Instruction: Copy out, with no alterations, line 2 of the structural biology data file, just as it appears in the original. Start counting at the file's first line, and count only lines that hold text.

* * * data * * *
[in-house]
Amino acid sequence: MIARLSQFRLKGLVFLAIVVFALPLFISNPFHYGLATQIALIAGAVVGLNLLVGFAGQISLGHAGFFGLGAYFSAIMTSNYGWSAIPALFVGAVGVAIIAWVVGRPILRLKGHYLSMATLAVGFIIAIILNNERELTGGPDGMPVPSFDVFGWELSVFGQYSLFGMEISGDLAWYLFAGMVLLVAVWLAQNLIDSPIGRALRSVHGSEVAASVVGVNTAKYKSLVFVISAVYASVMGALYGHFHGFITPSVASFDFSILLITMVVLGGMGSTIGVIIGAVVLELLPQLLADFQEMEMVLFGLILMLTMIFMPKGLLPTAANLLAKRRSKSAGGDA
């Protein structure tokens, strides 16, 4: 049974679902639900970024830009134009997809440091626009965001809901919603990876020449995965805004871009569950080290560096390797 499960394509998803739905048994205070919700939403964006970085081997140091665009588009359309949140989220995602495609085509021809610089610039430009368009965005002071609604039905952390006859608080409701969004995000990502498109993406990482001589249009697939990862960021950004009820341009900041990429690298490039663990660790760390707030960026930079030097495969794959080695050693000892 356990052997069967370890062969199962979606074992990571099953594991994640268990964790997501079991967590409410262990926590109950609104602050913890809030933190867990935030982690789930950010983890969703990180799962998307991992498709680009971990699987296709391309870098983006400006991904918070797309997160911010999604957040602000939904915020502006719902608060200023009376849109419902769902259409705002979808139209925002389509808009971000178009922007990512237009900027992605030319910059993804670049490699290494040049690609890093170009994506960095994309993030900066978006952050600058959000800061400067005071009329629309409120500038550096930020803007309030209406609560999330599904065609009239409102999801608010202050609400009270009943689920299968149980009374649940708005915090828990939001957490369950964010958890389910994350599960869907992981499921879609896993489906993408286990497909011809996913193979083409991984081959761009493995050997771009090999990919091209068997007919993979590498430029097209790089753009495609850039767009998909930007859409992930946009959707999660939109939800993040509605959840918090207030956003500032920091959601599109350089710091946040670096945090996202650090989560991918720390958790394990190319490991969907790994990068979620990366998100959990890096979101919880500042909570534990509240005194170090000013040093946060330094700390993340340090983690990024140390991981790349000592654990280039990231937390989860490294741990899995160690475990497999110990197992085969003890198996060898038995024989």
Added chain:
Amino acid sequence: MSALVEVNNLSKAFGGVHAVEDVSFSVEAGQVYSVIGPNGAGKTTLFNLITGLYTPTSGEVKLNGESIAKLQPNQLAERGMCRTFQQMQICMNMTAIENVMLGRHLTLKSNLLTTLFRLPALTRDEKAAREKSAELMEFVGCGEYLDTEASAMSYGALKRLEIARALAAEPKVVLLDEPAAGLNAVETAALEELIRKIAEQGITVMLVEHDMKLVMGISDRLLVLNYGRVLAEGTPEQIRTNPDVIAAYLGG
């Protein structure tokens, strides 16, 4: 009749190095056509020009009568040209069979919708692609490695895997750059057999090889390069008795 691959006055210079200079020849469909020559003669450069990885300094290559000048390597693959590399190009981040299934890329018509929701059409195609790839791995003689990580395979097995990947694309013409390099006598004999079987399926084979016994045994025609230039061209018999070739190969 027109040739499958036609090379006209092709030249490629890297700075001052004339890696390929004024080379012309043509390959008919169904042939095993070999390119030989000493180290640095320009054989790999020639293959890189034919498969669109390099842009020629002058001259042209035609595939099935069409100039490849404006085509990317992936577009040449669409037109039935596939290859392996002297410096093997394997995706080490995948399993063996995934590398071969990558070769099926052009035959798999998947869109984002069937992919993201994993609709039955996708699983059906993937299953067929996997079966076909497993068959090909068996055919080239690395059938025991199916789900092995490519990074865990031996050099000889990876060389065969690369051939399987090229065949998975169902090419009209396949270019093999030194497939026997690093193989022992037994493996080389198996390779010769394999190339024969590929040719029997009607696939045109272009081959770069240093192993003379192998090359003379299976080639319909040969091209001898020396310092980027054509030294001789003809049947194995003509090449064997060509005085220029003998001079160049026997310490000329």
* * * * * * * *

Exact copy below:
Amino acid sequence: MIARLSQFRLKGLVFLAIVVFALPLFISNPFHYGLATQIALIAGAVVGLNLLVGFAGQISLGHAGFFGLGAYFSAIMTSNYGWSAIPALFVGAVGVAIIAWVVGRPILRLKGHYLSMATLAVGFIIAIILNNERELTGGPDGMPVPSFDVFGWELSVFGQYSLFGMEISGDLAWYLFAGMVLLVAVWLAQNLIDSPIGRALRSVHGSEVAASVVGVNTAKYKSLVFVISAVYASVMGALYGHFHGFITPSVASFDFSILLITMVVLGGMGSTIGVIIGAVVLELLPQLLADFQEMEMVLFGLILMLTMIFMPKGLLPTAANLLAKRRSKSAGGDA